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Think Outside the Top Line: How Open-Book Management Helps Employees Understand the Bottom Line

Mar 24, 2015 by Mary Lewis 0 Comments

“We need to sell more stuff!”

“If only the sales team was on a plan, we would be hitting our profit numbers and making bonuses!”

Do you ever hear this chatter in your company? When our bottom line profits are not up to par, we all have a tendency to first focus on the top line. When in reality, there are all kinds of opportunities internally to boost profits. In most companies, additional profits are slipping through the cracks every day.

Open-book companies have many opportunities to teach their employees the income statement, especially if they actively nurture financial literacy. The Great Game of Business is a very active system of open-book managing that creates proven superior results; up to 11 percent improvement per year compared to a non-open book company, and up to 9 percent difference year over year compared to a “passive” open-book management style.

As a business leader, imagine how exciting it is when employees want to learn about the income statement and balance sheet. These employees are curious about the financials and how their actions impact the results. Not only does this feeling of engagement benefit the entire company, but it creates a consistency of behaviors across the board.

To develop that “buy-in” feeling, I find it helpful to think of my own experience at my local gym, which actually is very successful internationally, selling programs to 55,000 gyms worldwide. In 12 years of my membership, I always feel like it is my choice to get more fit, competent and stronger, and I know I will achieve this faster because of their offerings. The programs are varied, the timetables are frequent and recurring, every exercise is demonstrated, individual skill level is not highlighted in-group lessons, and instructors are very competent, professional and encouraging. My fitness, strength and sense of well-being has improved enormously, and I still attend 3–4 times a week because of its clear benefits.

The benefits of open-book management to a company are a similar sort of commitment to the financial fitness of their employees. If employees see that gaining financial knowledge will help them be more competent, they will find it enjoyable. As they begin to enjoy financial literacy, they will just keep getting better and will eventually “buy-in.”

Create Bottom-line Gurus

Using the gym example and examples from open-book companies, here is a 5-point plan to create those “bottom-line gurus”:

  1. Display and demonstrate. Take time and thought in displaying the complete income statement, so it is easy to read as one whole linear statement. One of my clients used a shower lining type material adhered to a wall of the staff break room. Include percentages and ratios (e. g. percentage of net profit, variable and fixed costs of sales).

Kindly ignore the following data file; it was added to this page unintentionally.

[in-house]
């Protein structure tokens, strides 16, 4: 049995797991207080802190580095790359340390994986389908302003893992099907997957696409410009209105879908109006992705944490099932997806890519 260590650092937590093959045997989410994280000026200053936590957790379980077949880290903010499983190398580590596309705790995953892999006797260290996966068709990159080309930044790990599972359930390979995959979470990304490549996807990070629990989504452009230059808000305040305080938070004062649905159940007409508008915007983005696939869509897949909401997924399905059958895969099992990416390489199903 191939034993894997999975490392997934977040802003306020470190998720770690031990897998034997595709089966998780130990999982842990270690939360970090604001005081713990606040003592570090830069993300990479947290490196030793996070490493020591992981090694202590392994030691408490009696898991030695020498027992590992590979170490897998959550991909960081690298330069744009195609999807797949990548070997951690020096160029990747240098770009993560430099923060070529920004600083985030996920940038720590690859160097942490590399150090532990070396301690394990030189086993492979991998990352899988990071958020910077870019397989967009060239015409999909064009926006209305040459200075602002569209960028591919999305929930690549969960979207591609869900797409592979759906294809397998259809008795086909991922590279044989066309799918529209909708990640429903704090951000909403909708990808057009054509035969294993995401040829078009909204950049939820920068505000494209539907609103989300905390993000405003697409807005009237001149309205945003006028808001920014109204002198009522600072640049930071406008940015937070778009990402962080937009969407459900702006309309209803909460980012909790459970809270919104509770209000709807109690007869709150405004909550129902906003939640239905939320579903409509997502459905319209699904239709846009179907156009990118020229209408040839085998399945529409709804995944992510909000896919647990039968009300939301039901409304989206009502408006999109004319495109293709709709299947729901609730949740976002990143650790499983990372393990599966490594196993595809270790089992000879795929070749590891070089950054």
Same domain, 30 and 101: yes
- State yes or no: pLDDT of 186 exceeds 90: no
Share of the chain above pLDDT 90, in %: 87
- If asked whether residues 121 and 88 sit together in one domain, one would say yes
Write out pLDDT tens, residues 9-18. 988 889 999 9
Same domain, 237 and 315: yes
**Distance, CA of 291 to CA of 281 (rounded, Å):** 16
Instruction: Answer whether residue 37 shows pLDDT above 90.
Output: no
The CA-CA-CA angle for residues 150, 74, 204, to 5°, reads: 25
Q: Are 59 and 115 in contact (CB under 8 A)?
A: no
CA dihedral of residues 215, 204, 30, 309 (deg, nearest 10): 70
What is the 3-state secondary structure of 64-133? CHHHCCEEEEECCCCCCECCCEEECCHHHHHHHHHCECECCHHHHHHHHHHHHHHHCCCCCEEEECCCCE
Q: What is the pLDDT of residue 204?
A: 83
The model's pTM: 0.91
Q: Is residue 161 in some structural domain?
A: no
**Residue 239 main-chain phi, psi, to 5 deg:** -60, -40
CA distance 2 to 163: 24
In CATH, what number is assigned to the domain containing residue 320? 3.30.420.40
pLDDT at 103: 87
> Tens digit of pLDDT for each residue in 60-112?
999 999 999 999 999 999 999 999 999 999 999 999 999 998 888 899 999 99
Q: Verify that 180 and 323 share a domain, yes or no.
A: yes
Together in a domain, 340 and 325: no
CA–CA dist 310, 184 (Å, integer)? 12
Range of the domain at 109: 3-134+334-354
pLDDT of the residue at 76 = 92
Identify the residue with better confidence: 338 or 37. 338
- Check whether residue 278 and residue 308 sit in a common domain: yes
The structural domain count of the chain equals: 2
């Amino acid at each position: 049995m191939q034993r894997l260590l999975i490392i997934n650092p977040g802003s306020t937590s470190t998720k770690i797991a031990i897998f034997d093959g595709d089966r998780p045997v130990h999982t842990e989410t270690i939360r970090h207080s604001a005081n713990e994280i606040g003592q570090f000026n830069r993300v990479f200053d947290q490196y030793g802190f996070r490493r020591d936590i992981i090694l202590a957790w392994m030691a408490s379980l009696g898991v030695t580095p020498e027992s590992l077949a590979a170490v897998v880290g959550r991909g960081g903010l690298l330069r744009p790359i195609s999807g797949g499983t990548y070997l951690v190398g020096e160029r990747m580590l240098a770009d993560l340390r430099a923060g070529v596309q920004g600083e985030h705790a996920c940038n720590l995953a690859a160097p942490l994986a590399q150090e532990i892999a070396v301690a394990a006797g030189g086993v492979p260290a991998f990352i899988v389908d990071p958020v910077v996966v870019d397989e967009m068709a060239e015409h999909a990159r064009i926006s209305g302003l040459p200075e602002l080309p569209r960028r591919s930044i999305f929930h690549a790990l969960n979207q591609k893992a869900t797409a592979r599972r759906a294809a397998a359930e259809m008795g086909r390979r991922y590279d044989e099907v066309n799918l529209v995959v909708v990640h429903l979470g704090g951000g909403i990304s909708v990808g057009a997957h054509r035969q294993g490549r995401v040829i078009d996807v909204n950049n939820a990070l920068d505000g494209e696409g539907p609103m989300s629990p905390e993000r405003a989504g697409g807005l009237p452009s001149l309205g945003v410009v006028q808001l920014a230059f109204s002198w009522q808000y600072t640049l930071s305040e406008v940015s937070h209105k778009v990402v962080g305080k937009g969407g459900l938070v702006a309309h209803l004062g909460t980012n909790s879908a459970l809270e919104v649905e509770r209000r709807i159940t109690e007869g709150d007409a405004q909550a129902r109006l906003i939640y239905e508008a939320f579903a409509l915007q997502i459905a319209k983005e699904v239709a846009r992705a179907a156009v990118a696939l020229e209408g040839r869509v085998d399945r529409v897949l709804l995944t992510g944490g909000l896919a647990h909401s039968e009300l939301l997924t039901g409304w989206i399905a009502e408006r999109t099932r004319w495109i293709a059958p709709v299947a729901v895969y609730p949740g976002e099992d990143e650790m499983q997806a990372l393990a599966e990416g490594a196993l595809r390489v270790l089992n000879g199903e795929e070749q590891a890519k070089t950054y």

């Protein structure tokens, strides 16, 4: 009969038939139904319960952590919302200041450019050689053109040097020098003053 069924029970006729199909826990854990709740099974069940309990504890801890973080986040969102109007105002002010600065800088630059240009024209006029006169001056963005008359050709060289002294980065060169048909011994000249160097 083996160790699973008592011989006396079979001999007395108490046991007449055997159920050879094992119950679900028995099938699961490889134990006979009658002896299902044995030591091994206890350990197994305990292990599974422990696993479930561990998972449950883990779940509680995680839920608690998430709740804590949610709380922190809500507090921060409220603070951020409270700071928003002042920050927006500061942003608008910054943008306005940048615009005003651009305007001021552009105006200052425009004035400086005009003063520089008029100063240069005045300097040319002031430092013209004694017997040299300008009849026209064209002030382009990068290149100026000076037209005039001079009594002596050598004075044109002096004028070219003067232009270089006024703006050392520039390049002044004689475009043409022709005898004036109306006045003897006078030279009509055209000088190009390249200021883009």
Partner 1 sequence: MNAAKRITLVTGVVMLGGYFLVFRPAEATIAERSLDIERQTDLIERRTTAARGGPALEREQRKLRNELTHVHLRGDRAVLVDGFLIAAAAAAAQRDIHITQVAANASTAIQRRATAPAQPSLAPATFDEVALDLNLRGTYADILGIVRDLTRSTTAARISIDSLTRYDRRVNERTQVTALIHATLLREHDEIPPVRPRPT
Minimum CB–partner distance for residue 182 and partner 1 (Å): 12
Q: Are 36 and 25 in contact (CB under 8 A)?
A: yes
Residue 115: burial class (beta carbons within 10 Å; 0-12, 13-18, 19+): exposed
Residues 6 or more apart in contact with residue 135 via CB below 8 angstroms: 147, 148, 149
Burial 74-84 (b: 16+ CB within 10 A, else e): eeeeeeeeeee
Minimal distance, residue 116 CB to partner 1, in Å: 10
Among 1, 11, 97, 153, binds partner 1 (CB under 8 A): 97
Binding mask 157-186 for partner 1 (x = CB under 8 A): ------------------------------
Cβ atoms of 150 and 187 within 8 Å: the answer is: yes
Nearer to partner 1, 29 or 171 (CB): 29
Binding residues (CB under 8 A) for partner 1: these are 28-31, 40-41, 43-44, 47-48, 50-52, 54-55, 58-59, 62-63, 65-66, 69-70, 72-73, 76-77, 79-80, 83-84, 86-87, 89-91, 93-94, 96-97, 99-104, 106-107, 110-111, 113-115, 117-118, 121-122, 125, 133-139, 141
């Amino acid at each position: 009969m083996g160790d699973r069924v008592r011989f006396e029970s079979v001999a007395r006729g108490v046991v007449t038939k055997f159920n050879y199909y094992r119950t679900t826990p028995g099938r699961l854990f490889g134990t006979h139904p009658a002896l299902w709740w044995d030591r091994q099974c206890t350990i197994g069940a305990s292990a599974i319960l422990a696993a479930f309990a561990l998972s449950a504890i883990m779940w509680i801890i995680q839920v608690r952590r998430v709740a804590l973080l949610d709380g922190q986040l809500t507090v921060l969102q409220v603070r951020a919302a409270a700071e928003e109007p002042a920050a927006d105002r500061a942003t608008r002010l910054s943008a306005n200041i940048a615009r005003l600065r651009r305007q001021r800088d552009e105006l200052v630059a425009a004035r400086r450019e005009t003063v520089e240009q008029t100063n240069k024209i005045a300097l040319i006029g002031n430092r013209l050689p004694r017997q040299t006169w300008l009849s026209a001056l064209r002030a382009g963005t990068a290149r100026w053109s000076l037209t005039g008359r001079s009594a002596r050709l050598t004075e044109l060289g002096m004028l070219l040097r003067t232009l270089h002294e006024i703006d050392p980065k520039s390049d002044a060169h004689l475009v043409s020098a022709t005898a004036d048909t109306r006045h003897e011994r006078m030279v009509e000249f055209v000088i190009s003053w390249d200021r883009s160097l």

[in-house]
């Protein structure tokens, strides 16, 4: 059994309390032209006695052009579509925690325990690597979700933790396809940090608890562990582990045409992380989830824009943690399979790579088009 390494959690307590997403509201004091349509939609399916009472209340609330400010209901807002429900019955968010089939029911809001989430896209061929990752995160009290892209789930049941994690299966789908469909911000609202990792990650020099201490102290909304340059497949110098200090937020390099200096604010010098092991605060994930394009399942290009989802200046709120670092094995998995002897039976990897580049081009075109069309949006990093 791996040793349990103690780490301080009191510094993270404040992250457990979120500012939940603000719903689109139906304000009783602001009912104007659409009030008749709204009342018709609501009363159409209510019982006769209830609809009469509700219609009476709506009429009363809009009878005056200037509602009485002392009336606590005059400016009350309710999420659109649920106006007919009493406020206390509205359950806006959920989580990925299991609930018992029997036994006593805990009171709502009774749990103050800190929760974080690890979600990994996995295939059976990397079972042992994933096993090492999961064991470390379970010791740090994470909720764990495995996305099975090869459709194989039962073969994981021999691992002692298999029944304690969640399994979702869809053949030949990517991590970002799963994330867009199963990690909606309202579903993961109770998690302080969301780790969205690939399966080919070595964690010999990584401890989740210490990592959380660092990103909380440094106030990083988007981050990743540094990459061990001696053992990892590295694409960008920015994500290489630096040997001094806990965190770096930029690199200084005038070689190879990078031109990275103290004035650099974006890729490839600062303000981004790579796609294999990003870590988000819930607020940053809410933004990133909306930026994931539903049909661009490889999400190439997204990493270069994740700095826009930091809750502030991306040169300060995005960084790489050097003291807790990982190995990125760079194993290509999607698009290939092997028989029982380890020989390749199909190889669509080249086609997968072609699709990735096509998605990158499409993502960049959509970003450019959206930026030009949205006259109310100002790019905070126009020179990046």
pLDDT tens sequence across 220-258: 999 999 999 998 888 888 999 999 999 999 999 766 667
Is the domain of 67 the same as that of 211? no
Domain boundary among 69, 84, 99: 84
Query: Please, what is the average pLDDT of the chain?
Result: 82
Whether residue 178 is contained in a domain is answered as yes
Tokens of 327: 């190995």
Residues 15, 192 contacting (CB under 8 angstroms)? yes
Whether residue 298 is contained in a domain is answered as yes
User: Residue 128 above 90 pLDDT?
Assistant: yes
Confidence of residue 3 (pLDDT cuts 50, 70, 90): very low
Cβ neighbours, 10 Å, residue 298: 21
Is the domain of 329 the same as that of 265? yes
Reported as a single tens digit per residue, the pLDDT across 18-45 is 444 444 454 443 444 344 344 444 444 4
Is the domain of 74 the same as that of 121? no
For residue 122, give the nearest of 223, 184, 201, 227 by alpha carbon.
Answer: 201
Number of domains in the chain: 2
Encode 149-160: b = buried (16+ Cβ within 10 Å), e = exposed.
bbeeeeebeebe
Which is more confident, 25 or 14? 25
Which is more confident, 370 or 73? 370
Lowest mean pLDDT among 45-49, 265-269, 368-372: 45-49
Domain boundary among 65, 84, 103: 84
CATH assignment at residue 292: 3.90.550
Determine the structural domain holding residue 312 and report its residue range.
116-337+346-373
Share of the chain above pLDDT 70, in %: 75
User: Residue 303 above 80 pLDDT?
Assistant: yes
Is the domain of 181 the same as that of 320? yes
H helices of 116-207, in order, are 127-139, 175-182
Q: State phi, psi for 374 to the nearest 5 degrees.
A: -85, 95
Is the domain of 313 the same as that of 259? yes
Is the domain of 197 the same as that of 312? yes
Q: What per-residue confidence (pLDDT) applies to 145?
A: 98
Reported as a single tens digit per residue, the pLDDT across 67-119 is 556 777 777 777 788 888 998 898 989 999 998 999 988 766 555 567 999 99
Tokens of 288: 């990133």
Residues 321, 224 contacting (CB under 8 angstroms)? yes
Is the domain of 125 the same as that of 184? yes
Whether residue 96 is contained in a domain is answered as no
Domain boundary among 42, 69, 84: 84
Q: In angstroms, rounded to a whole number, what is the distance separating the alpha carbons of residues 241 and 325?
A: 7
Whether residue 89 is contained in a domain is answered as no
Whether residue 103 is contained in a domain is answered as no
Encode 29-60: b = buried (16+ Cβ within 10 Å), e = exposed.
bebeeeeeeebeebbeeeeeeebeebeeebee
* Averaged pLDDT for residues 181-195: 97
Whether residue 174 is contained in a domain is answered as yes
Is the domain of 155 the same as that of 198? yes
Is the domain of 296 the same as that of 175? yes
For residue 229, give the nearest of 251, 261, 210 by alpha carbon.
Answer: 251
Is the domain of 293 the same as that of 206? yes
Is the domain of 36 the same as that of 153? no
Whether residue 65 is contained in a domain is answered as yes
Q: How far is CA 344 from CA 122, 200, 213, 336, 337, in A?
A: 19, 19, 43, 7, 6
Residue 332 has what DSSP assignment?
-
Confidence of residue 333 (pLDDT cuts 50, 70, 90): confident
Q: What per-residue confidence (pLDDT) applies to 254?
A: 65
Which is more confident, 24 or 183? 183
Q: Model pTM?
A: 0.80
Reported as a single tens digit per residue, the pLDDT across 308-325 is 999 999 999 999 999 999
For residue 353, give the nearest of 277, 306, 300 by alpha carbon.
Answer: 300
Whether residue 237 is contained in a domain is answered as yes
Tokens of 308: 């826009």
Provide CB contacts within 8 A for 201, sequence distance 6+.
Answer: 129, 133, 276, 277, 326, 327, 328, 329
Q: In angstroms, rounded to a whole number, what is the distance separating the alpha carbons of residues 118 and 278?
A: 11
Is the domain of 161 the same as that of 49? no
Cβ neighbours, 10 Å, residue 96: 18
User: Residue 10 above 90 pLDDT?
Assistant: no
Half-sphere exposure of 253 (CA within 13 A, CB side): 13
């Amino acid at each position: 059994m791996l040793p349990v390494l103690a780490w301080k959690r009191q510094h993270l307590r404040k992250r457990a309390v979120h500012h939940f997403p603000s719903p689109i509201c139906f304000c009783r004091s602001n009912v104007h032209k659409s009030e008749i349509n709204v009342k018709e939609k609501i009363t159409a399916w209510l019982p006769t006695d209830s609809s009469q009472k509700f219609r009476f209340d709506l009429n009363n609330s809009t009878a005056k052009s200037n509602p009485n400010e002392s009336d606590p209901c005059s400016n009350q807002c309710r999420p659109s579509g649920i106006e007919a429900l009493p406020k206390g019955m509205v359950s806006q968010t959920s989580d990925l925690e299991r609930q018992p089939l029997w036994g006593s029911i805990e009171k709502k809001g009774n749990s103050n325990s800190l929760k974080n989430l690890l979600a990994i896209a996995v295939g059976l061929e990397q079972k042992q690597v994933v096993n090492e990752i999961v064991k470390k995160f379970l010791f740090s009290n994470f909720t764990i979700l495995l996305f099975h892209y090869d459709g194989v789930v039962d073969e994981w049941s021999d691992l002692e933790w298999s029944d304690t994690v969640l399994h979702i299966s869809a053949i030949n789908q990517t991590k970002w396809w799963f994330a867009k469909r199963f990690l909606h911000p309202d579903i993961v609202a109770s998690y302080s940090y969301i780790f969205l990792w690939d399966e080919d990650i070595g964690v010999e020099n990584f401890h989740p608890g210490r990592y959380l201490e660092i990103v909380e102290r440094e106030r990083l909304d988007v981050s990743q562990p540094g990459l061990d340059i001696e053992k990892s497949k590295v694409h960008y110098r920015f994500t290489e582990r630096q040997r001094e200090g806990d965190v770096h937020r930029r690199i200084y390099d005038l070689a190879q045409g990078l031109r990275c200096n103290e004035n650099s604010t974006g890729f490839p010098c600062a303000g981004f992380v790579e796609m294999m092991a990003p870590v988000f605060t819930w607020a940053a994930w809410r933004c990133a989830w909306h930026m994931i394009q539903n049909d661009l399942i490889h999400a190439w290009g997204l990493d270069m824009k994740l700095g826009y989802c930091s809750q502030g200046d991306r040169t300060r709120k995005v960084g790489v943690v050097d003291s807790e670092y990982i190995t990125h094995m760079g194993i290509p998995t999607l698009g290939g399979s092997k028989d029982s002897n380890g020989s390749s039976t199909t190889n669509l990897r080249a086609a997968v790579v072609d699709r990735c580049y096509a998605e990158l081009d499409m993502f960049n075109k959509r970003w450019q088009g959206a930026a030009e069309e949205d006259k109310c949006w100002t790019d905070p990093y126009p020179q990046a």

2. Instructors are competent. Encourage management and employees to learn the company’s financials from “rookie” to “instructor” level. They can lead training bites or the huddles with knowledge and confidence.
  3. Encourage improved financial literacy at regular meetings. Take time to listen, repeat and explain financials at the main huddle reiterating important financial ratios and their trends.
  4. Supplement regular training with developmental bites. Request “trainers” to run training bites including: what ifs - what if we charged more or sold more? Would this make much of a difference if we reduce expense?
  5. Share the impact and feel the results. Introduce a bonus plan driven by a transparent relationship to results. Consider establishing a bucket bonus plan where the bonus is measured each quarter.

If you can implement these five steps into your financial literacy training process, you’re sure to see a quick increase in employee engagement and understanding of company financials.

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Topics: Financial Literacy, Open-Book Management, Buy-In

Written by Mary Lewis
 

About The Great Game of Business

Our approach to running a company was developed to help close one of the biggest gaps in business: the gap between managers and employees. We call our open-book approach The Great Game of Business. What lies at the heart of The Game is a very simple proposition: The best, most efficient, most profitable way to operate a business is to give everybody in the company a voice in saying how the company is run and a stake in the outcome. Let us teach you how to develop a culture of ownership, where employees think, act and feel like owners.